New Sexual Assault Mandate Causes National Controversy
October 23, 2011
During her freshman year, a female SMU student* went to a frat party with a couple of friends.
It was a typical weekend night.
She remembers drinking one cup of punch and then, nothing. The next thing she knew, some guy had her propped up against a wall, and her friends were missing.
“I woke up the next morning in someone else’s dorm room,” she said. “I have no idea what happened that night. I didn’t know where to go or where to get help.”
Unfortunately, stories like this one are not unique on college campuses, and the U.S. Department of Education is taking a stand against sexual harassment and assault.
In April 2011, the Office for Civil Rights (OCR), a part of the U.S. Department of Education, released an official letter to all schools that receive public funding, outlining a list of standards for enforcing sexual harassment and assault allegations.
But the standards are under scrutiny by at least three national organizations, particularly over the amount of evidence that should be required to bring a harassment case forward.
The letter stated that in hearings for these cases, schools must adhere to a standard of “preponderance of evidence.”
That means it is more likely than not that the accused committed the act. This is the lowest legal standard of evidence. The Foundation for Individual Rights in Education (FIRE) has been one of the most outspoken critics of the new mandate.
“This is too low of a standard,” Will Creeley, the director of legal and public advocacy for FIRE, said. “This is the same standard used in hearings for speeding tickets.”
The campus sexual harassment standards explained by the OCR letter are a part of Title IX, a U.S. law designed to ensure gender equality on campus. The letter reminded schools of their obligation to take immediate action against the harassment and address its effects.
“It is a college’s moral and legal duty to respond to such allegations, but shifting the burden of evidence just leads to more innocent students being accused,” Creeley said. “It doesn’t increase justice, it just widens the net.”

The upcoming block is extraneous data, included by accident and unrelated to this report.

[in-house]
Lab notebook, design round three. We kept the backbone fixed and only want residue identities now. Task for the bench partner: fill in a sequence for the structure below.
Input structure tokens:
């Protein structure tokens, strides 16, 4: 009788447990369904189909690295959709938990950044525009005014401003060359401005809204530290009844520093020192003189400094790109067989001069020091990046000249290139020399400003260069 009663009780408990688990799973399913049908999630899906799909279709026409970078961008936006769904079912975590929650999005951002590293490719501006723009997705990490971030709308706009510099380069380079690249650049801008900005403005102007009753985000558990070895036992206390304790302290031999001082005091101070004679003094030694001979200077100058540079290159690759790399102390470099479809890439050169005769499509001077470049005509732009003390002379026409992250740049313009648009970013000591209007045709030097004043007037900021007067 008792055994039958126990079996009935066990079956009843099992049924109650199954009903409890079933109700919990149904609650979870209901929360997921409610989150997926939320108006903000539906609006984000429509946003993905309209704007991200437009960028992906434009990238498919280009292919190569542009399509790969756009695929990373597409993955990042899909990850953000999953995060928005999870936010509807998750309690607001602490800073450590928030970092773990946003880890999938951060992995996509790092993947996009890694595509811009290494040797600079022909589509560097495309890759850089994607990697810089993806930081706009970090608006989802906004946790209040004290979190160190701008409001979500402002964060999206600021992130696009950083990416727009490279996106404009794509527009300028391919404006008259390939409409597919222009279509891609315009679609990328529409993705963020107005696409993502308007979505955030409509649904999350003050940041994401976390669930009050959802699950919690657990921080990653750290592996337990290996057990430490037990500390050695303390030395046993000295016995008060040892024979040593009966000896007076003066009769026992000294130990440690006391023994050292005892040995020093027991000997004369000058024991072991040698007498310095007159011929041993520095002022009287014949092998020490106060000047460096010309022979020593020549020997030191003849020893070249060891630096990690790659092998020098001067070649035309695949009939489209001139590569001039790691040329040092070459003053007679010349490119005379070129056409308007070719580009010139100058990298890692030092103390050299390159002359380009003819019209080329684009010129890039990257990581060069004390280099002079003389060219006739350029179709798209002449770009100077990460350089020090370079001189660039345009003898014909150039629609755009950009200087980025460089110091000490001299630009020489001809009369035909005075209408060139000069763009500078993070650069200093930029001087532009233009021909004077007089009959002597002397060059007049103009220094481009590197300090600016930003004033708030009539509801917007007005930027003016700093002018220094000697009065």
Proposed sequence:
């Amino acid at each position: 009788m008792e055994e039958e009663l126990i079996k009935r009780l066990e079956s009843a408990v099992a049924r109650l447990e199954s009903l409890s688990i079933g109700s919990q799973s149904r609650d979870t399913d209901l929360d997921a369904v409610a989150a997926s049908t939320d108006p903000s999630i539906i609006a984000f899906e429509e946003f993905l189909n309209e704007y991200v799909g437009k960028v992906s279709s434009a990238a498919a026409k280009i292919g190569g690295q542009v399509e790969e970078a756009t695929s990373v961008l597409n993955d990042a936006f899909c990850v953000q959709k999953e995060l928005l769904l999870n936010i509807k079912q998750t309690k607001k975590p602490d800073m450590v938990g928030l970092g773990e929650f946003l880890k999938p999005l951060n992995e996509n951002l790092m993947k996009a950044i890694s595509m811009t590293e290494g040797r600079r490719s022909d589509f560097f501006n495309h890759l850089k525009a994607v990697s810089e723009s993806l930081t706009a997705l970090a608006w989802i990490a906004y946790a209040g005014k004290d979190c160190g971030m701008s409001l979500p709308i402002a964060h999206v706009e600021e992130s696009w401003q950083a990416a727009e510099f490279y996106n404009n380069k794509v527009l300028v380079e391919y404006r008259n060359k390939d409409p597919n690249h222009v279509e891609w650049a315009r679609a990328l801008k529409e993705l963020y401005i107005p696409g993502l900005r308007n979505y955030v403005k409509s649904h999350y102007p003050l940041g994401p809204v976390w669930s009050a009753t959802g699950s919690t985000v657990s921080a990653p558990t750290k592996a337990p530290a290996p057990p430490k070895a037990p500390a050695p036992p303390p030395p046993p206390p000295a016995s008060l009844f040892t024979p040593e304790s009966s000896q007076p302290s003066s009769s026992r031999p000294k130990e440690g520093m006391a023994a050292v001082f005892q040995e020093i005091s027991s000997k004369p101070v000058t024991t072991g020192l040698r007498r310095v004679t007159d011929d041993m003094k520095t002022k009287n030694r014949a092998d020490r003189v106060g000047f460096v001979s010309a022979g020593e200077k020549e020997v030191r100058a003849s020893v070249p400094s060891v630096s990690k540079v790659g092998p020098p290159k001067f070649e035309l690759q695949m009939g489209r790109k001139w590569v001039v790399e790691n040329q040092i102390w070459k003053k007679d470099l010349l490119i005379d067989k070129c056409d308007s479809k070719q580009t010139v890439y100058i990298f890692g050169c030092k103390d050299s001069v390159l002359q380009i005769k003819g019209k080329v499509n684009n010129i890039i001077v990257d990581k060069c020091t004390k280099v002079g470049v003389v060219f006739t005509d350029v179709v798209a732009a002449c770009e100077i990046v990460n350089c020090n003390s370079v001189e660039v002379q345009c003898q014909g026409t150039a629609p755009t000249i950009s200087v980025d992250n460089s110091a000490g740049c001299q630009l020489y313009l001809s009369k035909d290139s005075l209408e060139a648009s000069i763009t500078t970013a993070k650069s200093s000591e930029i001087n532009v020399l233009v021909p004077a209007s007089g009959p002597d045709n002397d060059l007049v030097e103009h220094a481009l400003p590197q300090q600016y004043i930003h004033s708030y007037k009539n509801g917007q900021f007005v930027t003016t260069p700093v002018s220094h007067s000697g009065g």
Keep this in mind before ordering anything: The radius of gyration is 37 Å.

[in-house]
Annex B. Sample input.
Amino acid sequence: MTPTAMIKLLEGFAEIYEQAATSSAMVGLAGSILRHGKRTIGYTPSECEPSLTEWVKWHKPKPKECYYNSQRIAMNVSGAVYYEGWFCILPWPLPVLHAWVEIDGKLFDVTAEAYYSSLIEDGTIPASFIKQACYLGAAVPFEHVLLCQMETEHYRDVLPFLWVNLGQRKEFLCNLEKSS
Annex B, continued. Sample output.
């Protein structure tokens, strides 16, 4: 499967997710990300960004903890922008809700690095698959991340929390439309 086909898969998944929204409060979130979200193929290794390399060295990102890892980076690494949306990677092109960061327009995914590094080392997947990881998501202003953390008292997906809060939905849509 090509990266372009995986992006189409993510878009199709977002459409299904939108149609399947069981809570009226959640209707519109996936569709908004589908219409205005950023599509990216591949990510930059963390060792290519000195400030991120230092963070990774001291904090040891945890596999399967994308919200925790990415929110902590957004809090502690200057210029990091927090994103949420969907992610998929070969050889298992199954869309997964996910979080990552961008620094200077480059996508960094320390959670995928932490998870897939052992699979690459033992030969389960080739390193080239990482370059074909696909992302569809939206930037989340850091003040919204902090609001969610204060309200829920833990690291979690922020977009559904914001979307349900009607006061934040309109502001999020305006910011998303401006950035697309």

FIRE believes a “clear and convincing” evidence standard would serve both the victims and the accused more fairly.
“This move is well-intentioned, but lowering the standard is not the right way to go about it,” Creeley said. “If there is an epidemic of these sexual assaults on campus, I don’t think you lower that number by making it easier to accuse.”
The American Association of University Professors (AAUP) echoes FIRE’s worries about the implications of the recently outlined standards. In a letter to the OCR in response to the new mandate, Cary Nelson, president of the AAUP, said: “While clear policy statements and timely responses are key for both the complainant and the accused, preserving a higher standard of proof is vital in achieving fair and just treatment for all.”
For the AAUP, the main concern is that a professor could be accused of sexual harassment or rape and lose his or her job over the mere accusation.They believe this standard does not protect university professors or accused students from a battle of hearsay. But the standards set by the OCR are not without strong support.
The American Association of University Women (AAUW) has voiced its strong support for the mandate. The AAUW does not see the OCR’s letter as a change to a lower standard, but instead just as a clarification on the way the Title IX law should have always been interpreted.
“A university’s primary job is to help students learn in an environment free from any harassment or discrimination,” Erin Prangley, the AAUW associate director for government relations, said. “This standard should always be applied. Any school that was not already upholding this was misinterpreting the law.”
The organization believes the “preponderance of evidence” standard has and will continue to prove immensely helpful for sexual assault victims who previously felt the system did not want to help them.
“The number one goal should always be the safety of the students,” Prangley said.
The fall 2011 semester is the first time universities across the country have had to modify their policies to meet OCR standards since the letter was sent out, and despite the national controversy, universities are currently working to modify their policies.
SMU is no exception and is currently in the process of reviewing its policies.
Beth Wilson, the associate vice president for Access and Equity at SMU, feels the letter was necessary to clear up university sexual harassment policies across the board and to remind schools of their responsibility to always respond to allegations of sexual violence, even if the police or a criminal court is investigating it.
“Having internal policies and procedures provides a valuable option for students to effectively address matters more quickly and confidently, while also respecting their right to pursue a separate criminal complaint,” Wilson said.
The University of Texas at Austin is also in the process of modifying and changing its policies to meet the regulations laid out in the “Dear Colleague” letter. Prior to the “Dear Colleague” letter, the school used a “beyond a reasonable doubt” evidence standard similar to SMU.
“I think the preponderance standard makes more sense, and it is in alignment with other practices. I don’t see it as lowering but equalizing,” UT Austin Title IX coordinator Jennifer Hammat said. “It’s just a matter of getting everyone doing it the same way.”
“Sexual assault is a life-altering event,” the SMU student, who is now in her senior year, said. “You need to be able to tell someone and know something will be done.”